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Insulin Resistance

Insulin resistance is a diminished ability of cells to respond to insulin. Insulin resistance is a condition, characterized by failure of the cell to respond to the hormone insulin. Such a condition gives rise to hyperglycemia and hyperinsulinemia.


Insulin resistance presents with the following signs and symptoms.

  • High blood sugar and triglyceride levels
  • Feeling of sleepiness after having meals
  • Intestinal bloating
  • High blood pressure
  • Increase in hunger pangs 
  • Depression
  • Reduced ability to focus

In many instances, insulin resistance does not produce signs and symptoms, and individuals are often unaware, that they are living with such a condition. The disease goes undiagnosed, until the blood glucose levels are monitored on a regular basis. Individuals affected by insulin resistance, suffer from a condition known as acanthosis nigricans, which is characterized by development of black patches in areas of groin, arm pits and neck [6].

Atrial Septal Defect
  • Echocardiography revealed ostium secundum type atrial septal defect (ASD). Blood glucose normalized with pioglitazone (30 mg/day).[ncbi.nlm.nih.gov]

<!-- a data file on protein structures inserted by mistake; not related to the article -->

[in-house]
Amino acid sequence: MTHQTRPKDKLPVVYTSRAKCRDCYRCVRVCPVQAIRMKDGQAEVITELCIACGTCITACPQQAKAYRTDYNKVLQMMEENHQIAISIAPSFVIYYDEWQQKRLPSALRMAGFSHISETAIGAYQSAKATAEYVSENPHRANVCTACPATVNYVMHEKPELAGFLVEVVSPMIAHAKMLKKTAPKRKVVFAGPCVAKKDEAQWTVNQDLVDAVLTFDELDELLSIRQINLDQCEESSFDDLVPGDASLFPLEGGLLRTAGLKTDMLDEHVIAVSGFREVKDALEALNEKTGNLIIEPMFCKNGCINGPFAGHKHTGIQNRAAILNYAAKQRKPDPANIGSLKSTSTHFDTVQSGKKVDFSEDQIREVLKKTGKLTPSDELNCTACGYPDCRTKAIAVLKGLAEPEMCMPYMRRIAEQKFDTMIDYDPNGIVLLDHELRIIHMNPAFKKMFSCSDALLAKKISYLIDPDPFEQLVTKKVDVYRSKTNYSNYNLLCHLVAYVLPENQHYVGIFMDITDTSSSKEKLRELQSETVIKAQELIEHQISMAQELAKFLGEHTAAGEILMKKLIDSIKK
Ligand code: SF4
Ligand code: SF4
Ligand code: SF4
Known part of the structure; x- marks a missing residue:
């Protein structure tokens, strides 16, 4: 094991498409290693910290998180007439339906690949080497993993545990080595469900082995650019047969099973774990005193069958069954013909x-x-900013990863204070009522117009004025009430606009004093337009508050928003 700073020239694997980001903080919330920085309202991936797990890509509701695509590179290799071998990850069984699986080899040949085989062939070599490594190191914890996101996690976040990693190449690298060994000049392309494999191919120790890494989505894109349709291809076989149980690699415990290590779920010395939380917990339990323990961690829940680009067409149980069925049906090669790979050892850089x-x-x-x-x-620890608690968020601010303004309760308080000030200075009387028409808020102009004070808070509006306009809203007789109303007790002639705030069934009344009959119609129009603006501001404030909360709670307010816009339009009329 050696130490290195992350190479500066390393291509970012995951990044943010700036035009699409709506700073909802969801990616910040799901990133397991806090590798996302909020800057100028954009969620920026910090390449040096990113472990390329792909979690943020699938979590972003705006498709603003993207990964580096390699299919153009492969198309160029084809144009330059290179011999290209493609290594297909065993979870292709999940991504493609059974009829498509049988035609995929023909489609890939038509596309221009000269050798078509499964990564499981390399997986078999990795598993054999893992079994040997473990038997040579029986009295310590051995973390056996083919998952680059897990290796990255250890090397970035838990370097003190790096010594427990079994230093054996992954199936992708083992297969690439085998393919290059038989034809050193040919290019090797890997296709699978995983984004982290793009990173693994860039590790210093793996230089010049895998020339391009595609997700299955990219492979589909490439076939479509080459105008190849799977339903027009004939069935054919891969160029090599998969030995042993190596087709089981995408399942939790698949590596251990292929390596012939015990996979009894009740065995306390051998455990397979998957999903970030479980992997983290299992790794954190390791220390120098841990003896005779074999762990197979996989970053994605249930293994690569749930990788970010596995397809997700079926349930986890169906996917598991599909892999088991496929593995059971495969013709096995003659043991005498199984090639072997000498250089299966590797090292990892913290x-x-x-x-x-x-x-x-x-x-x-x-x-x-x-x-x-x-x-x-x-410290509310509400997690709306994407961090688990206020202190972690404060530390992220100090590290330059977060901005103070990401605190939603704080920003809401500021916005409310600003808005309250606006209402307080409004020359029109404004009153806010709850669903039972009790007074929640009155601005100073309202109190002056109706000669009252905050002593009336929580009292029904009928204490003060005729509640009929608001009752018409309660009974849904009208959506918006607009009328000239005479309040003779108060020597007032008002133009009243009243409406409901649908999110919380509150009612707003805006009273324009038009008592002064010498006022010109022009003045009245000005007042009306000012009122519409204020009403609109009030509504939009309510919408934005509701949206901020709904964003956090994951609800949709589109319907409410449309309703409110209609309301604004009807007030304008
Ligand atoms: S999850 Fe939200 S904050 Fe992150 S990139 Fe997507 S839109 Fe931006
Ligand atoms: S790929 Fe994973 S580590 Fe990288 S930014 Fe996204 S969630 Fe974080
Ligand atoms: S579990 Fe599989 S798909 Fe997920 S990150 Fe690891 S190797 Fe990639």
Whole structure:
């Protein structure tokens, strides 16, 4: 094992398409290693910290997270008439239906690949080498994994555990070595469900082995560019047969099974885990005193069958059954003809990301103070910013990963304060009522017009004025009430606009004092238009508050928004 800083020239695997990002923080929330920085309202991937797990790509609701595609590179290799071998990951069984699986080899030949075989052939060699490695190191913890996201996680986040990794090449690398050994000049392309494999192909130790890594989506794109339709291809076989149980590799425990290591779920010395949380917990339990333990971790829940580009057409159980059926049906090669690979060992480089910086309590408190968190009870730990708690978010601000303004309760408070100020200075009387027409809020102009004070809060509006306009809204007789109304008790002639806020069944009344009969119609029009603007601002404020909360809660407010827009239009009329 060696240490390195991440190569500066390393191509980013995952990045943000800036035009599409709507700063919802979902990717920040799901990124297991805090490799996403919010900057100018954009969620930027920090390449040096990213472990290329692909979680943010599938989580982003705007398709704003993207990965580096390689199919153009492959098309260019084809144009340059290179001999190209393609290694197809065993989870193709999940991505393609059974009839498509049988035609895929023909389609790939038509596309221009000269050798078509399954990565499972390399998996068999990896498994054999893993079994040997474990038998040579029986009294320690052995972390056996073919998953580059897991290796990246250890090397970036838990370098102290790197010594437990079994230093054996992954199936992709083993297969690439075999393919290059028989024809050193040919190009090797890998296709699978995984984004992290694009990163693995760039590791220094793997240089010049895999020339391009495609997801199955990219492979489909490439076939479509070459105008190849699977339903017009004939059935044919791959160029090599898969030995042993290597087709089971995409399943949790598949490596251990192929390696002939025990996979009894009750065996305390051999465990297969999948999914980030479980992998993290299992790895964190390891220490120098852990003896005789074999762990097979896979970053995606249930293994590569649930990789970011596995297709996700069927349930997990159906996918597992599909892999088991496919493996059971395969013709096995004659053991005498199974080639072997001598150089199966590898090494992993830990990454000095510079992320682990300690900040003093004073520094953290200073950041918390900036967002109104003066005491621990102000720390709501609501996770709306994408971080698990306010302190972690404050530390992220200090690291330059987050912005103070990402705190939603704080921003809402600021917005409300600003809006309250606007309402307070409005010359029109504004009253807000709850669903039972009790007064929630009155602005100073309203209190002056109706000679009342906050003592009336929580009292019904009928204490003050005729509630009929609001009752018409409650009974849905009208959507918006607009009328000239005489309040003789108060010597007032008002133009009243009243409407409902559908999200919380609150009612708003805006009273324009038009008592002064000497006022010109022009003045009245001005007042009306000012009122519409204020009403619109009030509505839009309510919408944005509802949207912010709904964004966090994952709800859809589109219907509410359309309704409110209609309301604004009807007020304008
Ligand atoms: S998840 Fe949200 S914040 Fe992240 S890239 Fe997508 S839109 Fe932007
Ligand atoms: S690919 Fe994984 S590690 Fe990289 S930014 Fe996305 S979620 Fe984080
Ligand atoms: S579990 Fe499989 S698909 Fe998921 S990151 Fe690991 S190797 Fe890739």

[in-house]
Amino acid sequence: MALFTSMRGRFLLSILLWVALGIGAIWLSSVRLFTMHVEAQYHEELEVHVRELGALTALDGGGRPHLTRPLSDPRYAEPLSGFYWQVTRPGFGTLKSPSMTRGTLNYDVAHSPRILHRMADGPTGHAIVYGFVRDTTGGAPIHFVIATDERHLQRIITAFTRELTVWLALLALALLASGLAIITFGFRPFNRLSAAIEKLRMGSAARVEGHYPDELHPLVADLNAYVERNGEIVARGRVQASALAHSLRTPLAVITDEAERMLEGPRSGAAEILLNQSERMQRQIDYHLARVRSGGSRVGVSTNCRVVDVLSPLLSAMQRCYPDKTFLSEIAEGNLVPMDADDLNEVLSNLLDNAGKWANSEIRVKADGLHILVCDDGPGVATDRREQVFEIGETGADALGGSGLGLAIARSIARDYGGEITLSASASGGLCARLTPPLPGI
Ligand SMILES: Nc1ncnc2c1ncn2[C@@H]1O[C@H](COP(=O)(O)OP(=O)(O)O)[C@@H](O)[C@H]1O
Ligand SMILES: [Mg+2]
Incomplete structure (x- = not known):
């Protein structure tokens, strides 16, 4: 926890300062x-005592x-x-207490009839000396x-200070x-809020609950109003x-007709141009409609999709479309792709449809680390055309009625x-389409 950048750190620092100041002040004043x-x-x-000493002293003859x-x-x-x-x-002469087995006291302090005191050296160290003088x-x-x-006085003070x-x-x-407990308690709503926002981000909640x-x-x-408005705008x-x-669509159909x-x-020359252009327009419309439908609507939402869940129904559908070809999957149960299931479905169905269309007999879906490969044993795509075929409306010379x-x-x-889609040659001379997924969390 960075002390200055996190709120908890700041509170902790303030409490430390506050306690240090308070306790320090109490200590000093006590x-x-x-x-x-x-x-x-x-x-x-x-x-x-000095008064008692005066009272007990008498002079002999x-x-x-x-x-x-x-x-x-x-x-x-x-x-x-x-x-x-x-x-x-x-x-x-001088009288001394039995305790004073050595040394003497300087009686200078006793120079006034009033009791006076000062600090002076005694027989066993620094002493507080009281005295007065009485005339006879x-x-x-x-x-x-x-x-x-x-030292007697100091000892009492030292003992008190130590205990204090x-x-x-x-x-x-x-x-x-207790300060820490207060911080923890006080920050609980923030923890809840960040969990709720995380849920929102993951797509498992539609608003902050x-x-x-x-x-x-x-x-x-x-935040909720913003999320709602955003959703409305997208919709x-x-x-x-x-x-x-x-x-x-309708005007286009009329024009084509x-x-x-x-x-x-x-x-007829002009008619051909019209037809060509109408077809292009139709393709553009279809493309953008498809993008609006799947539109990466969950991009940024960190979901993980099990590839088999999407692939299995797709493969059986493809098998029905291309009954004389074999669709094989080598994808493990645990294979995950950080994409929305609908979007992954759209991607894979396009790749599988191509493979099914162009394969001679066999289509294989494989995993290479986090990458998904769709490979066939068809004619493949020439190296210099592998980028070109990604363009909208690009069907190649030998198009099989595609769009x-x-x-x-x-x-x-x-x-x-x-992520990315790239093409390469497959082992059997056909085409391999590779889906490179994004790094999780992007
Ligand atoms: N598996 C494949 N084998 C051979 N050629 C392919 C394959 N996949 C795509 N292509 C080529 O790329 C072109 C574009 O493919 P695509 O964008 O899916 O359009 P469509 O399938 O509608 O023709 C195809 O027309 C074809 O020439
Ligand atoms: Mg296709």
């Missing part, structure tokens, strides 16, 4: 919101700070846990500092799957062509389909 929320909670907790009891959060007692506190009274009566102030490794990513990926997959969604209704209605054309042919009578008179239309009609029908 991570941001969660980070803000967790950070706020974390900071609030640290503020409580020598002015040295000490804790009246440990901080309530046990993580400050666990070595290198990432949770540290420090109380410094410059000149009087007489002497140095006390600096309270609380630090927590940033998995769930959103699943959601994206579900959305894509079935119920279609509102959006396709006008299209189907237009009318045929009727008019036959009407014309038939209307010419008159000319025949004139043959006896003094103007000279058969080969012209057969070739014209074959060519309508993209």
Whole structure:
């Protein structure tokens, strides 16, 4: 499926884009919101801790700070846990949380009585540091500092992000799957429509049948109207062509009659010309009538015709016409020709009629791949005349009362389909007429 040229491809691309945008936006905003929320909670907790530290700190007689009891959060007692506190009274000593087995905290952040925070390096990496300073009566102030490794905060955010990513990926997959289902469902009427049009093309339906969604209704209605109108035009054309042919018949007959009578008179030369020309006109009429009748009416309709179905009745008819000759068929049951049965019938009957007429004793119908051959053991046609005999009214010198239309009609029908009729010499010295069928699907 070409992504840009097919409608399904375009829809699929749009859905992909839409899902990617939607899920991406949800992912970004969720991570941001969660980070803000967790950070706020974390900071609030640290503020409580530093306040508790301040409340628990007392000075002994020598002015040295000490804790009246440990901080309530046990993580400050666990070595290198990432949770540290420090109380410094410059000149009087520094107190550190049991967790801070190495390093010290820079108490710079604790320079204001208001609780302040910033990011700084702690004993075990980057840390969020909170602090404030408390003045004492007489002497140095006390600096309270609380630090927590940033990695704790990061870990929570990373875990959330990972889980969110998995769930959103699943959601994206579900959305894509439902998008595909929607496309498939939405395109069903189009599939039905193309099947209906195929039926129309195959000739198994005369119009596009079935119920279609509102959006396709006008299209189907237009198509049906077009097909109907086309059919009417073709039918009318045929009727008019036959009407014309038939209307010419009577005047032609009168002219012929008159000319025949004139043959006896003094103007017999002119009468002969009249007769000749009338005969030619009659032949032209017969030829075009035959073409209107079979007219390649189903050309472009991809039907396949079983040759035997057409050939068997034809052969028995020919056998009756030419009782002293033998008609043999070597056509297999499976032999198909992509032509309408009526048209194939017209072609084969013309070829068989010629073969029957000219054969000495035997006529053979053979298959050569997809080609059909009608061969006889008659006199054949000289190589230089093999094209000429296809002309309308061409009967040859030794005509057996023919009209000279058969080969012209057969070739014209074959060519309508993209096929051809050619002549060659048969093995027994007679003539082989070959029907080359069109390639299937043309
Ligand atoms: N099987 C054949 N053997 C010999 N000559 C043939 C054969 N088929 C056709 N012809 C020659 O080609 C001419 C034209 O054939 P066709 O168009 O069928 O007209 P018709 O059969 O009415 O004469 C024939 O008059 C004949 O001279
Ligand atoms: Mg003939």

• Patient 1 died 9 months after PTA from septic shock related to pneumonia. In 8 months of follow-up, Patient 2 presented optimal glycemic control without the use of antidiabetic agents.[ncbi.nlm.nih.gov]
  • Later, the patient's course was complicated by hemorrhagic shock due to duodenal ulcer and she died of subsequent pneumocystis carinii pneumonia.[ncbi.nlm.nih.gov]
  • The patient was diagnosed with pneumonia due to Pseudomonas aeruginosa. When the patient's plasma glucose level was 22.5 mmol/l, her plasma C-peptide level was 0.9 nmol/l and her serum insulin level was 294 pmol/l.[ncbi.nlm.nih.gov]
  • Liu , Chlamydophila pneumoniae Inhibits Differentiation of Progenitor Adipose Cells and Impairs Insulin Signaling , The Journal of Infectious Diseases , 10.1086/525045 , 197 , 3 , (439-448) , (2008) . Harold A. Franch, William C.[doi.org]
Skeletal Dysplasia
  • KEYWORDS: POC1A; centriole; centrosome; diabetes; dyslipidaemia; insulin resistance; primary cilium; short stature; skeletal dysplasia[ncbi.nlm.nih.gov]
  • Case 1 presented with premature adrenarche aged 7 years, then by age 12 years had hirsutism, acne, acanthosis nigricans, and asymptomatic diabetes.[ncbi.nlm.nih.gov]
  • Our first case is a 42-year-old female with a history of RA, SLE and Hashimoto-thyroiditis that presented with cachexia, acanthosis-nigricans, hirsutism, negative anti-insulin-ab and glucose level between 400 to 700 mg/dl, despite a total insulin dose[ncbi.nlm.nih.gov]
  • […] ways: (1) disordered glucose metabolism including both diabetes and/or paradoxical hypoglycaemia; (2) acanthosis nigricans, a velvety hyperpigmentation of axilliary and flexural skin often associated with skin tags; or (3) hyperandrogenism in girls (hirsutism[ncbi.nlm.nih.gov]